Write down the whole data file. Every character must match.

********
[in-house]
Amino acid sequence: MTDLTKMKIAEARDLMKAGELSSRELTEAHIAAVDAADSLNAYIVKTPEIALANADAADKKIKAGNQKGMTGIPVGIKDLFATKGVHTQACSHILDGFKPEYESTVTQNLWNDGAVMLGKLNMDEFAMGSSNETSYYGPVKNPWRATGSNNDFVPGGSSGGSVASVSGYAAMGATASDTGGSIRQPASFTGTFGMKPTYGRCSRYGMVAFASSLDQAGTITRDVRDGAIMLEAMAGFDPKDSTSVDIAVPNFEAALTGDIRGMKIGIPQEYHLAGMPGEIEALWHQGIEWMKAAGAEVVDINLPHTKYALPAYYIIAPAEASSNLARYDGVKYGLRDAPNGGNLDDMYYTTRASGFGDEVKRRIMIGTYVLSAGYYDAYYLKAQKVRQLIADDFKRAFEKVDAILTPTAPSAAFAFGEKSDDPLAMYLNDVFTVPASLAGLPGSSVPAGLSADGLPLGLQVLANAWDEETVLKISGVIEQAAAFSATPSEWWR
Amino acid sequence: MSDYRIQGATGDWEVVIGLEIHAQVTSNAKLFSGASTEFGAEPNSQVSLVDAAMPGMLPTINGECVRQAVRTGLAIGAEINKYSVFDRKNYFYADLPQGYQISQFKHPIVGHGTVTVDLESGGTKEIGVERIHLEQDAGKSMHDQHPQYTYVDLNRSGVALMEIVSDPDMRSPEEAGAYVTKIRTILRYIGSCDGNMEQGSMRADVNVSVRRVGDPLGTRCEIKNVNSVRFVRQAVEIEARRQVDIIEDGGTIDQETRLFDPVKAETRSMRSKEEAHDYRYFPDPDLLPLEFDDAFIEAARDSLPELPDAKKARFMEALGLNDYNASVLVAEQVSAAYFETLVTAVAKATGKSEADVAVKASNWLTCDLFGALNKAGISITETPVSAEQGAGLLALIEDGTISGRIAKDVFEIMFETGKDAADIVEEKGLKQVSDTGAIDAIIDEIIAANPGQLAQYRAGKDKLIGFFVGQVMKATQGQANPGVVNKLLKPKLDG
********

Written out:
[in-house]
Amino acid sequence: MTDLTKMKIAEARDLMKAGELSSRELTEAHIAAVDAADSLNAYIVKTPEIALANADAADKKIKAGNQKGMTGIPVGIKDLFATKGVHTQACSHILDGFKPEYESTVTQNLWNDGAVMLGKLNMDEFAMGSSNETSYYGPVKNPWRATGSNNDFVPGGSSGGSVASVSGYAAMGATASDTGGSIRQPASFTGTFGMKPTYGRCSRYGMVAFASSLDQAGTITRDVRDGAIMLEAMAGFDPKDSTSVDIAVPNFEAALTGDIRGMKIGIPQEYHLAGMPGEIEALWHQGIEWMKAAGAEVVDINLPHTKYALPAYYIIAPAEASSNLARYDGVKYGLRDAPNGGNLDDMYYTTRASGFGDEVKRRIMIGTYVLSAGYYDAYYLKAQKVRQLIADDFKRAFEKVDAILTPTAPSAAFAFGEKSDDPLAMYLNDVFTVPASLAGLPGSSVPAGLSADGLPLGLQVLANAWDEETVLKISGVIEQAAAFSATPSEWWR
Amino acid sequence: MSDYRIQGATGDWEVVIGLEIHAQVTSNAKLFSGASTEFGAEPNSQVSLVDAAMPGMLPTINGECVRQAVRTGLAIGAEINKYSVFDRKNYFYADLPQGYQISQFKHPIVGHGTVTVDLESGGTKEIGVERIHLEQDAGKSMHDQHPQYTYVDLNRSGVALMEIVSDPDMRSPEEAGAYVTKIRTILRYIGSCDGNMEQGSMRADVNVSVRRVGDPLGTRCEIKNVNSVRFVRQAVEIEARRQVDIIEDGGTIDQETRLFDPVKAETRSMRSKEEAHDYRYFPDPDLLPLEFDDAFIEAARDSLPELPDAKKARFMEALGLNDYNASVLVAEQVSAAYFETLVTAVAKATGKSEADVAVKASNWLTCDLFGALNKAGISITETPVSAEQGAGLLALIEDGTISGRIAKDVFEIMFETGKDAADIVEEKGLKQVSDTGAIDAIIDEIIAANPGQLAQYRAGKDKLIGFFVGQVMKATQGQANPGVVNKLLKPKLDG